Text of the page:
For those who don’t remember, this past year, at the ripe old age of 38 (that’s about 138 in shortstop years), Derek hit .316/.362/.429. He led all of baseball with 216 hits. He knocked in 15 homers, which may not sound like much, but it was just one dinger behind his career season average of 16. (Important aside: Jeter isn’t thought of as being much of a power hitter, but he’s amassed 255 career home runs to date, the same number as Kirk Gibson, who was known for being a power hitter.) He managed a 117 wRC+ and played in 159 games.… Click here to read the rest

Yankees hire ex-manager Wakamatsu

Via Ken Davidoff, the Yankees have hired former Mariners manager Don Wakamatsu to a job in their pro scouting department. Wakamatsu managed the Mariners in their surprisingly strong 2009 season, but was fired before the end of his second season at the helm amidst an historically inept offensive performance by the M’s in 2010. He spent the last two seasons as John Farrell’s bench coach in Toronto.

Front office/staff moves like this are tough to “evaluate,” if only because we don’t actually see what goes on with these people as they go about doing their job. However, I do think it’s interesting that the Yankees continue to bring in names you’ve heard before to do these jobs. In the past few years they’ve used Kevin Towers and Jim Hendry as special assignment scouts after they lost GM jobs elsewhere, and now they’re incorporating Wakamatsu as a scout. … Click here to read the rest

Hideki Matsui (and Me): A Retrospective

Hideki Matsui announced his retirement yesterday after 10 seasons in the Majors – seven of them with our New York Yankees – and I thought it would be fun to take a look back at his time in Pinstripes.

For this post, I chose to focus on specific games I attended during Matsui’s Yankee tenure so I could tell some stories. Some are just random games, there’s a playoff game in there and a game in which he wasn’t even a Yankee.

I hope you enjoy this trip down memory lane and please, feel free to leave your memories of Matsui in the comments section following this post.


Home Opener 2003:

This was an odd day for a couple of reasons.

1) It was 35 degrees when the game started so it was like being at a football game. It had snowed the day before, it was overcast and it was pretty windy. Thank goodness I attended college in upstate New York so I knew how to dress for the weather.… Click here to read the rest

The Case For Trading Boone Logan

Courtesy of Tim Farrell/The Star-Ledger

(The following is being syndicated from An A-Blog for A-Rod)

The trade market continues to look like the best option for the Yankees to address their biggest areas of need this offseason.  With the bulk of this year’s free agent class picked clean and the team already stretching its budget to add Kevin Youkilis and guarantee 2 years to Ichiro Suzuki, it’s highly unlikely the Yankees will plunk down more guaranteed money to what are essentially scraps.  There have been multiple reports of the Yankees quietly shopping guys like Curtis Granderson, Phil Hughes, and Ivan Nova already this offseason, reports that as of yet have returned very little in the way of meaningful rumors.  But there are more trade options than just those names.  One name that has come up consistently around the Yankosphere is Boone Logan.  The oft-maligned lefty reliever had another solid season in 2012, and could generate interest on the trade market as something better than just your everyday LOOGY.  … Click here to read the rest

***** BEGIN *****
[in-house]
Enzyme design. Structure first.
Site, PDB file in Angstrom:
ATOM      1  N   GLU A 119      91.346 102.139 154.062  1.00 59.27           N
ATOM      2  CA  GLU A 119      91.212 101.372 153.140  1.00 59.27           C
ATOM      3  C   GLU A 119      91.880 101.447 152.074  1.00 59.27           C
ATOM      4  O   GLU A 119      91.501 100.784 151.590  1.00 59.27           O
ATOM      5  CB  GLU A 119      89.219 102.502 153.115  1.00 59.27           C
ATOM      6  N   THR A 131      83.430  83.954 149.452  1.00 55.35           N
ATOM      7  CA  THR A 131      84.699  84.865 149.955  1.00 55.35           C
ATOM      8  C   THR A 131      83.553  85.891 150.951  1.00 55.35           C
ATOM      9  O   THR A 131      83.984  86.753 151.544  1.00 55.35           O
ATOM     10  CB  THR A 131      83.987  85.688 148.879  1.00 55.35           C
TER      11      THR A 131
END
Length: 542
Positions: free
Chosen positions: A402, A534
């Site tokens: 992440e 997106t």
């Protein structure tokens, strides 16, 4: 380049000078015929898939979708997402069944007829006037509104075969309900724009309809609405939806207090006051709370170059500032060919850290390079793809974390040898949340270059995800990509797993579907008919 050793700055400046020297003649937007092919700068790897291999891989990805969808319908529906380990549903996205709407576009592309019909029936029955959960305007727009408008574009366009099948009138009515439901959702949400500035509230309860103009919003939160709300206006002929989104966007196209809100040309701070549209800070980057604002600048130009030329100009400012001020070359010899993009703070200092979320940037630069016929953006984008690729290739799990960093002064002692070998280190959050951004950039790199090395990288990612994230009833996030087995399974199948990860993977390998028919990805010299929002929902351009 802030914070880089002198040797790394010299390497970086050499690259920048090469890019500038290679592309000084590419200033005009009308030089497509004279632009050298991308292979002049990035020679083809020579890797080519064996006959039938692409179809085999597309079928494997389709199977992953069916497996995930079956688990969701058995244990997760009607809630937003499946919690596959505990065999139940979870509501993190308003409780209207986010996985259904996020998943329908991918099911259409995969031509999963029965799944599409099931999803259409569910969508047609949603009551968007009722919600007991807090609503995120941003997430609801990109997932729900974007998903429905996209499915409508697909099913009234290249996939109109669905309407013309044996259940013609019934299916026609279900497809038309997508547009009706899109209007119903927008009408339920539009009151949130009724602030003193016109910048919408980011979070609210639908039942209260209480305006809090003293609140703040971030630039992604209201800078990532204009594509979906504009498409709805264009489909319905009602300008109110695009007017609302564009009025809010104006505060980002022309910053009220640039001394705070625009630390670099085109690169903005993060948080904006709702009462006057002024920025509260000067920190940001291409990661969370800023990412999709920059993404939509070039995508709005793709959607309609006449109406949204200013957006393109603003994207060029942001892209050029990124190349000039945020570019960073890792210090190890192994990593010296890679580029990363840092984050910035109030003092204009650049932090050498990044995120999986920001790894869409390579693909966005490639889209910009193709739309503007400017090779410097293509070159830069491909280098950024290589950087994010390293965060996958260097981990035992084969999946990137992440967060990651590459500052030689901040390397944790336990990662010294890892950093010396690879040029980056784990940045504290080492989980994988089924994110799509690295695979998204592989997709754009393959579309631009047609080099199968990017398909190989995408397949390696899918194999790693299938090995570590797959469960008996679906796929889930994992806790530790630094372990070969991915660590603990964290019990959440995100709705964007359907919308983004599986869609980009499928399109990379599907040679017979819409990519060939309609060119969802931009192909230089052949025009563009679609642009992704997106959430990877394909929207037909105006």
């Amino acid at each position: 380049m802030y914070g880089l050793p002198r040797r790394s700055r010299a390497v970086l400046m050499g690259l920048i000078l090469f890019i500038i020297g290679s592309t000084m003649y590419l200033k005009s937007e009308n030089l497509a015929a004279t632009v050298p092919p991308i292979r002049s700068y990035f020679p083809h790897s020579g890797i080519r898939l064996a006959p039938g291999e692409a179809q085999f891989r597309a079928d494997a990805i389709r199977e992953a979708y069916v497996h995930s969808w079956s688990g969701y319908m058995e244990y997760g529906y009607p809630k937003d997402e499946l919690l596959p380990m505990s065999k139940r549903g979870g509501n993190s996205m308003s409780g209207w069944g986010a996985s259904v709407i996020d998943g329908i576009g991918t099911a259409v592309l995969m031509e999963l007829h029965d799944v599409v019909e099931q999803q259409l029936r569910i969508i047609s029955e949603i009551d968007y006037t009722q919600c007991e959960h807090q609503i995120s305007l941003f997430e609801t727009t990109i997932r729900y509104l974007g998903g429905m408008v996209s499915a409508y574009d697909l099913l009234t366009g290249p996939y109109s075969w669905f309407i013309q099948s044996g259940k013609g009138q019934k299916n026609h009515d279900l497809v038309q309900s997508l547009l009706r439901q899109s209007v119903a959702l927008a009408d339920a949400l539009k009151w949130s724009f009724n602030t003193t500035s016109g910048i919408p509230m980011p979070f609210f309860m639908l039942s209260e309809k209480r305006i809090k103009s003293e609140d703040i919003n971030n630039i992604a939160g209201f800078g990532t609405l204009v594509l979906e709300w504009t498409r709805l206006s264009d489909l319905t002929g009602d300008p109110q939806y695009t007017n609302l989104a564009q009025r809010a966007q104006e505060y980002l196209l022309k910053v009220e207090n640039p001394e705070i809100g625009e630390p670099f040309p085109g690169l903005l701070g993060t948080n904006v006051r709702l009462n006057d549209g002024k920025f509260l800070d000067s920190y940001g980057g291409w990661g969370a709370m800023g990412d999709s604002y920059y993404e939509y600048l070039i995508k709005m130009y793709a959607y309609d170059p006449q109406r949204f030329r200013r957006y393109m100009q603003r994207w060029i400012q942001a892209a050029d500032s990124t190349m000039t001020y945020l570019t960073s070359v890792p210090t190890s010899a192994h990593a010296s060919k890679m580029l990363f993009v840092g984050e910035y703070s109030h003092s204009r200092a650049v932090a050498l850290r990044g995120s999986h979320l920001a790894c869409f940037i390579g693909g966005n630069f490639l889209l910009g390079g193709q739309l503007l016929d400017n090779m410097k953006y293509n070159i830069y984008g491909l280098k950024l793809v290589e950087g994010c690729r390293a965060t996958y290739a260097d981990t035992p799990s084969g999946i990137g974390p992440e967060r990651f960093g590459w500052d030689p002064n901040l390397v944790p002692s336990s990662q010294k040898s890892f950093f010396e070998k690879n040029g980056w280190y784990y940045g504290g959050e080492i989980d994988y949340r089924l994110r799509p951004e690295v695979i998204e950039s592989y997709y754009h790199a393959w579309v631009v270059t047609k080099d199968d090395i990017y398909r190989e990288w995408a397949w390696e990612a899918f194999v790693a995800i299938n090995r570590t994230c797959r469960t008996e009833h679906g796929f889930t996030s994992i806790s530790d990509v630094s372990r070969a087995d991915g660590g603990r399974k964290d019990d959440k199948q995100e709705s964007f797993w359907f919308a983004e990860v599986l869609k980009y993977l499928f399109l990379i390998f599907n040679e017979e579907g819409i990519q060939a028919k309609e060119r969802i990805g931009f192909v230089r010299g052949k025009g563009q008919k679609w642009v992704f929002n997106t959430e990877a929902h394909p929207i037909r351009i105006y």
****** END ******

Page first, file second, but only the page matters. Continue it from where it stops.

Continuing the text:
Just get rid of the character clause

Obviously I don’t agree with the conclusions Ken Rosenthal reaches in his Hall of Fame coulmn, at least with respect to steroid users (outside of that, his ballot is pretty much exquisite), but it’s more considered than most of the people who are going to withhold their vote from Barry Bonds and Roger Clemens will be, so it’s worth a read on its own terms. Still, there are a couple of points at which I think the line of reasoning that Rosenthal employs does more to disprove his position more than anything, particularly this bit on the character clause;

The Hall of Fame specifically instructs us that voting “shall be based upon the player’s record, playing ability, integrity, sportsmanship, character and contributions to the team(s) on which the player played.”

You may disagree with selective application of the “character clause.” You may believe that the clause should be eliminated entirely. And you may think that a player’s performance matters far more than his character.

Click here to read the rest